Mawela has also assured the public that no unlawful activities will be tolerated.
“All our members are on the ground to deal with criminality,” he said.TimesLive
Chris Cash: The UK Parliamentary Researcher Accused of Spying for Beijing Authorities
In March of this year, a British parliamentary researcher was arrested on suspicion of being a Chinese spy. The researcher, Chris Cash, was revealed to be a 28-year-old history graduate with links to many Tory MPs. He had been seen associating with senior Tories such as security minister Tom Tugendhat and Foreign Affairs Committee chair Alicia Kearns. Cash was believed to have been recruited as a sleeper agent while living and working in China and sent back to the UK to infiltrate political networks critical of the Beijing regime.
Cash was the leader of the China Research Group, a body advocating for a more hawkish British policy towards China. Co-founded by Tory ministers Tom Tugendhat and Neil O’Brien in April 2020, the group focused on industrial, technological, and foreign policy issues. The group’s website claimed that it aimed to provide informed knowledge on China and promote debate and fresh thinking about how Britain should respond to the rise of China.
Chris Cash was arrested in Edinburgh and released on bail until early October, along with another suspect. It is unclear how much access Cash had to foreign affairs intelligence or what kind of influence he may have held in Westminster. While he held a parliamentary pass, he did not have security clearance.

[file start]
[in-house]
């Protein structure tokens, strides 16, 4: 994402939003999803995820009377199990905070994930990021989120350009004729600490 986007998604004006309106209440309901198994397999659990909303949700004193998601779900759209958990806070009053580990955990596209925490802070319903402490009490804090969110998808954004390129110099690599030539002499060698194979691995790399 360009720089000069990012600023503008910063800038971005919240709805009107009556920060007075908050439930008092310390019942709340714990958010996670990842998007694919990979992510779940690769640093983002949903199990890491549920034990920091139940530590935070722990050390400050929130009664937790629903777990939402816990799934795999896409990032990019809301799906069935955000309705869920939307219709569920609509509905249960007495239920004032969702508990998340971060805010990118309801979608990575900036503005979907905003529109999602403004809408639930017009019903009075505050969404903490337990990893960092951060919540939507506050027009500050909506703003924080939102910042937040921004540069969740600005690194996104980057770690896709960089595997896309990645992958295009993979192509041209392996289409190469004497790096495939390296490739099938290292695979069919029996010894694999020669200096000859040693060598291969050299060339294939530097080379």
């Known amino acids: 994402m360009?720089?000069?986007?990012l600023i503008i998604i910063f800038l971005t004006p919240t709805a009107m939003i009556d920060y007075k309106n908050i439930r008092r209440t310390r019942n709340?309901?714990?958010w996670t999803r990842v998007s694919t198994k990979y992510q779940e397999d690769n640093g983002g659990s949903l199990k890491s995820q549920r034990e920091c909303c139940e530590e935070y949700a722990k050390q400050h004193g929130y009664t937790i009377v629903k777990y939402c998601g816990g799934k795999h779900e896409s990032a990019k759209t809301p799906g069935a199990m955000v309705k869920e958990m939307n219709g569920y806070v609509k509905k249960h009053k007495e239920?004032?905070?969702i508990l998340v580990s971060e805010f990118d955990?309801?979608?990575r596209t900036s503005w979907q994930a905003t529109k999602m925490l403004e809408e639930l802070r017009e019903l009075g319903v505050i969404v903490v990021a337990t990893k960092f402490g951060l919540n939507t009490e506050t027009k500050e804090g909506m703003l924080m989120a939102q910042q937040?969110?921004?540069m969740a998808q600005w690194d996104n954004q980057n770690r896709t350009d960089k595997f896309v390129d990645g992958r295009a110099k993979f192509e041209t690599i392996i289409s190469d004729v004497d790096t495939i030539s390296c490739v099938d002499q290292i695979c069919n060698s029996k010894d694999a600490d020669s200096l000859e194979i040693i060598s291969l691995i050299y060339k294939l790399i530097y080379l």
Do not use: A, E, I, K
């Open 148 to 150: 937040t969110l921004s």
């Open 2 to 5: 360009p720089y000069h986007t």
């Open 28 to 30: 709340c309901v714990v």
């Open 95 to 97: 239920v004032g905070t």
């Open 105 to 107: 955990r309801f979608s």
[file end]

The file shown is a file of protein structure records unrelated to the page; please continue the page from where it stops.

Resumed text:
China has denied all accusations of involvement in an espionage scheme involving Cash, calling them malicious slander.
Pope Sends Prayers to Comfort Morocco Earthquake Victims as Death Toll Surpasses 2,000
On Sunday, Pope Francis expressed his prayers and support for the victims of the powerful earthquake that hit Morocco, resulting in the highest number of fatalities in over 60 years. During his Angelus message, he prayed for those injured and those who lost their lives, along with their families.
The Pope also expressed his gratitude towards the rescue workers who are working tirelessly to help the victims. He concluded by saying that they stand in solidarity with the people of Morocco during this difficult time.